CAAR is also expanding its membership to farm advisors. Last year, CAAR reached out to the Canadian Association of Farm Advisors to discuss how the two organizations could expand their relationship for mutual benefits.
“Both retailers and farm advisors have been sitting down at the proverbial table with producers, but not together at the same time,” says Burtnack. “By extending CAAR membership to advisors, these two groups will be able to gain a greater understanding of each other to better serve their common customer — the producer.”
CAAR staff will continue to develop an internal membership support team, which will be structured to better support the membership in its training, communications, events, advocacy, staffing and supply needs.
“Agri-retailers must remain the trusted expert for their customers, and it is CAAR’s primary purpose to ensure they do,” says Burtnack. “Our member support team will continue to fine-tune our services to the benefit of our members and offer broad-reaching, proactive participation on issues that impact Canadian agri-retailers.”
Open Lines of Communication
Strengthening connections across the agriculture industry will help CAAR do more for its membership, as we learn fresh perspectives from new sources and bring that information together for the benefit of agri-retailers. A wide array of perspectives in the organization also translates to a strong board of directors.
“The staff and board have an ambitious plan to be the voice of agri-retailers in Canada, but to achieve that, we need your help,” says Martin Kiefer, chair of the CAAR Board of Directors. “Talk to any of us and share your thoughts and opinions to help shape CAAR for the future.”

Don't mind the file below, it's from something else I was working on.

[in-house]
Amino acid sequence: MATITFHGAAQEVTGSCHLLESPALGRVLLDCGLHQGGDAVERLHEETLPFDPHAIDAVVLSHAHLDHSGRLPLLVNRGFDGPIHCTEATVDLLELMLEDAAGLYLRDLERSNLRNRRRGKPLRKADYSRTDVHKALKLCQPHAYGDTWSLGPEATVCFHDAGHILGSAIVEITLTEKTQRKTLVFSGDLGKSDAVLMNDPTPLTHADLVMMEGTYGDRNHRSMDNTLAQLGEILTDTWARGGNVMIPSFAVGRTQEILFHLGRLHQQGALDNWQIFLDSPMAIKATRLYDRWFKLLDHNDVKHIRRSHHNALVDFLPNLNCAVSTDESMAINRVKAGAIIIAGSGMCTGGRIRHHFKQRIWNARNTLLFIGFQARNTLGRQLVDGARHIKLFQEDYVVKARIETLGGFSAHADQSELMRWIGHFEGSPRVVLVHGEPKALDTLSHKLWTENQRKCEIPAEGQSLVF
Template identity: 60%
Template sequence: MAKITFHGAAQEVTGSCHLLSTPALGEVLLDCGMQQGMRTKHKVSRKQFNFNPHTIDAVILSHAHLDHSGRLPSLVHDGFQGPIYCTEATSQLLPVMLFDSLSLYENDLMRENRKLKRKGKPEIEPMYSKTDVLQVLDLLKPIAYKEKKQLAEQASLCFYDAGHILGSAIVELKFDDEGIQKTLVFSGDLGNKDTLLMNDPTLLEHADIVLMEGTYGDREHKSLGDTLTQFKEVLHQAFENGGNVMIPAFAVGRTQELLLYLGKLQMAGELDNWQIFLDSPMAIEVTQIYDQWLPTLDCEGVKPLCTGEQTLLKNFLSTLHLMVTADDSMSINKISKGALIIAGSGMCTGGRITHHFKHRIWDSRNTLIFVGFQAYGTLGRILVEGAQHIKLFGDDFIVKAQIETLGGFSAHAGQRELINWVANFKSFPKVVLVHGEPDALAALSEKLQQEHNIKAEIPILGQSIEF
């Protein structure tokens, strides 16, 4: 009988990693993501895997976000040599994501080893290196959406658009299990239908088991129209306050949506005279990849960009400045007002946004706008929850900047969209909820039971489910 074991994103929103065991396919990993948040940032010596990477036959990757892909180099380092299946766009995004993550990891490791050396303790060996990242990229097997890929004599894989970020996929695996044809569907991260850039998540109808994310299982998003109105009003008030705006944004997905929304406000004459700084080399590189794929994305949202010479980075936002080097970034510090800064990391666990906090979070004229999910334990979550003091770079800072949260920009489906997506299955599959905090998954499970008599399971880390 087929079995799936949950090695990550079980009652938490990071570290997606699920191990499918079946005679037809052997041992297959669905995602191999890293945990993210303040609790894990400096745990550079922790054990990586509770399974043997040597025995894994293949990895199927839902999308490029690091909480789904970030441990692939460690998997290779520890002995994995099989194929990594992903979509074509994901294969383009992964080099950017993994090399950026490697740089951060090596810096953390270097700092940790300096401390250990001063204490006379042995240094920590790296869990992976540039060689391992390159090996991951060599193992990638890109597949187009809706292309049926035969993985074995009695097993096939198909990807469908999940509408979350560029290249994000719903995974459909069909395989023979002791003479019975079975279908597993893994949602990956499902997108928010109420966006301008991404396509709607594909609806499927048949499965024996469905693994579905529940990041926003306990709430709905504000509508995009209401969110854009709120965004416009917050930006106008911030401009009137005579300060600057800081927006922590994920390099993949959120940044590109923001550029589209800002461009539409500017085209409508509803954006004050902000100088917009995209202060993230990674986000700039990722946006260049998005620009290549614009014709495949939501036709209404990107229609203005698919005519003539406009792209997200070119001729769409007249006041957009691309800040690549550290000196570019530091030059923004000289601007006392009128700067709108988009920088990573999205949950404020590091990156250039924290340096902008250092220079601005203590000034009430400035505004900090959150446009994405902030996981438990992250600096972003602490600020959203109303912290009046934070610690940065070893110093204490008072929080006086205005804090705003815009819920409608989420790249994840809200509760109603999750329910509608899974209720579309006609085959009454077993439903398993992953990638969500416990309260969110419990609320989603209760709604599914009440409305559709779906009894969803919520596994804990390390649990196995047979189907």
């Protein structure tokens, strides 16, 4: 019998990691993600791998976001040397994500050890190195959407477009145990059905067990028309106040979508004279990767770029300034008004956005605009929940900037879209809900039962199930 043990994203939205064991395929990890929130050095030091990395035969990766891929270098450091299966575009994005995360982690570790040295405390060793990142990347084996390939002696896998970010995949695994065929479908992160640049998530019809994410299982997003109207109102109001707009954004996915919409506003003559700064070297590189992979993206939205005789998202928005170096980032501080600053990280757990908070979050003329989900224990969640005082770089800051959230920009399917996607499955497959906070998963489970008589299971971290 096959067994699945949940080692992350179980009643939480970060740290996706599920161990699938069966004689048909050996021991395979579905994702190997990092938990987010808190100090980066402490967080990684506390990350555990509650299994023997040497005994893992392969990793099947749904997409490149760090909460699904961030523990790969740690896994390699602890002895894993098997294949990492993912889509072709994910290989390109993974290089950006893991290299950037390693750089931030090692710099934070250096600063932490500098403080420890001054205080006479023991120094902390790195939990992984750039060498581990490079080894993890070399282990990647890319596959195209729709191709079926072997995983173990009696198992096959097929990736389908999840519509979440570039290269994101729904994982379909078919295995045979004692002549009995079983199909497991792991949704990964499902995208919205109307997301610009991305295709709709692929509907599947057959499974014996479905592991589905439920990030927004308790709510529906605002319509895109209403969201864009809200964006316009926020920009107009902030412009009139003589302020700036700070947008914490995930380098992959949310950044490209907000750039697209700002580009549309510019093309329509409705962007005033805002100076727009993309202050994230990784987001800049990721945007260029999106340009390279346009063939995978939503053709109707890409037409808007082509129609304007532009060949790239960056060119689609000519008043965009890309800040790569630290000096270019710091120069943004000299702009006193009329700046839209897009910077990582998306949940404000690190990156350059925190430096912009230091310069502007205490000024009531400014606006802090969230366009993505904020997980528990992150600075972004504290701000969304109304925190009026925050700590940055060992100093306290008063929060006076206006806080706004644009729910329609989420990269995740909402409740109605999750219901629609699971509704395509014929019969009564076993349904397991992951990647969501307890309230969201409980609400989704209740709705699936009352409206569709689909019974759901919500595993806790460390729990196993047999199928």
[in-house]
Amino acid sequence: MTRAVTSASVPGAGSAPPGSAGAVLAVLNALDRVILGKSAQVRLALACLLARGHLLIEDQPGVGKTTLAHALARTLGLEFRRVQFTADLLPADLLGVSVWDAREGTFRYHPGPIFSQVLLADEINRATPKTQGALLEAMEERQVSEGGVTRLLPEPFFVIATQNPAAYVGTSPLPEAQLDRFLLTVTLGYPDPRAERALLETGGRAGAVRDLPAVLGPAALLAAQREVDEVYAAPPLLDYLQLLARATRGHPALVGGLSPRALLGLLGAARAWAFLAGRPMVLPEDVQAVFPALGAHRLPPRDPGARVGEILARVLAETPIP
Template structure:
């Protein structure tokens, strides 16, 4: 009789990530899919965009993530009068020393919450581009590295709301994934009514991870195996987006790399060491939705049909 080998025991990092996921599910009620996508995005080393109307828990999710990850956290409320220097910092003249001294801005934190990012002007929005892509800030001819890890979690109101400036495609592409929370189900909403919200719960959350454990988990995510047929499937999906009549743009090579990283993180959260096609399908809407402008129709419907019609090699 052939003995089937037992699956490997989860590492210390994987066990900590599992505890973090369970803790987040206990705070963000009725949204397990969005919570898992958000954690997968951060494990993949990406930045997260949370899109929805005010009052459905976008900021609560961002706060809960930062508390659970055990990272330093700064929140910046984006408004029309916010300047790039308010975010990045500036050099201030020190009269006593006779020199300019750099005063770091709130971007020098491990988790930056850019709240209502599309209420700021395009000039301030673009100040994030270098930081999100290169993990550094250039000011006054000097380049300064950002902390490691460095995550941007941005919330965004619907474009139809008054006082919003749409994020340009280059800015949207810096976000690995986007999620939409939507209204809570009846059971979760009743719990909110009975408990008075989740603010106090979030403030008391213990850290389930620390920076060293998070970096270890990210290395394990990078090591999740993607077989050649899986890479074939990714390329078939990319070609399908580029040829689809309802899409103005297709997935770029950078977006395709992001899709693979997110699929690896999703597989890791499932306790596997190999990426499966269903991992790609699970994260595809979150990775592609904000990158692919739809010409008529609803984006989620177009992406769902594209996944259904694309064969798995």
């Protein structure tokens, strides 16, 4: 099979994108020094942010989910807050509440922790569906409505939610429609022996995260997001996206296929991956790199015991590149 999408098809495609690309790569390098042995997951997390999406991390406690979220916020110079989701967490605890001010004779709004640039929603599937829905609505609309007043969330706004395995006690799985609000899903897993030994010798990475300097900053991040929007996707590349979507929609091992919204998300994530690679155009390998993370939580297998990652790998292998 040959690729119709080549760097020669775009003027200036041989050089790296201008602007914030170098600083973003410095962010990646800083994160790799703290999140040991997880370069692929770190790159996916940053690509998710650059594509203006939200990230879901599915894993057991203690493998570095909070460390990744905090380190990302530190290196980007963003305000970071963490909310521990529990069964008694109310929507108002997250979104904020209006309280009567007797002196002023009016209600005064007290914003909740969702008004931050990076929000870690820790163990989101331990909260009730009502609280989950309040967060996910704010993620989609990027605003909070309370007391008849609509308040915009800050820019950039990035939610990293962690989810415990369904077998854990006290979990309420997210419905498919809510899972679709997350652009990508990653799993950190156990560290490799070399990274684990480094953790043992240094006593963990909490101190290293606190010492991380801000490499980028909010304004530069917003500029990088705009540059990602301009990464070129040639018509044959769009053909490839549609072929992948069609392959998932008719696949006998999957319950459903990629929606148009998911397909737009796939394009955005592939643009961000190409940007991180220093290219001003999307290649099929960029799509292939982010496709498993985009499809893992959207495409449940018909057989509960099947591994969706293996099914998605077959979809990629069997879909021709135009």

The CAAR staff and board have an ambitious plan to be the voice of agri-retailers in Canada, but to achieve that, we need your help.
Kiefer encourages members to keep open lines of communication with the board, and to not be apprehensive about contacting a board member.
“The board is a diverse group both regionally and by business. This means we can provide insight to the issues that affect agri-retailers across Canada,” he says. “The board worksav to ensure that CAAR is addressing all of those issues directly or indirectly. We’re a checkpoint to make sure the CAAR team is delivering on the mandate granted to us by our members.”
With a new year comes new opportunities, and CAAR looks forward to maximizing them to help its members.
“CAAR is the perfect partner for agri-retailers to have in their corner going forward,” says Burtnack. “2016 was a year full of innovation, advancement, and of course, challenges. 2017 promises to bring more of all of those things.
“CAAR is ready to support and communicate and advocate on behalf of agri-retailers. Doing everything we can to help Canadian agri-retailers succeed in this industry of immeasurable importance will always be our goal and our duty.”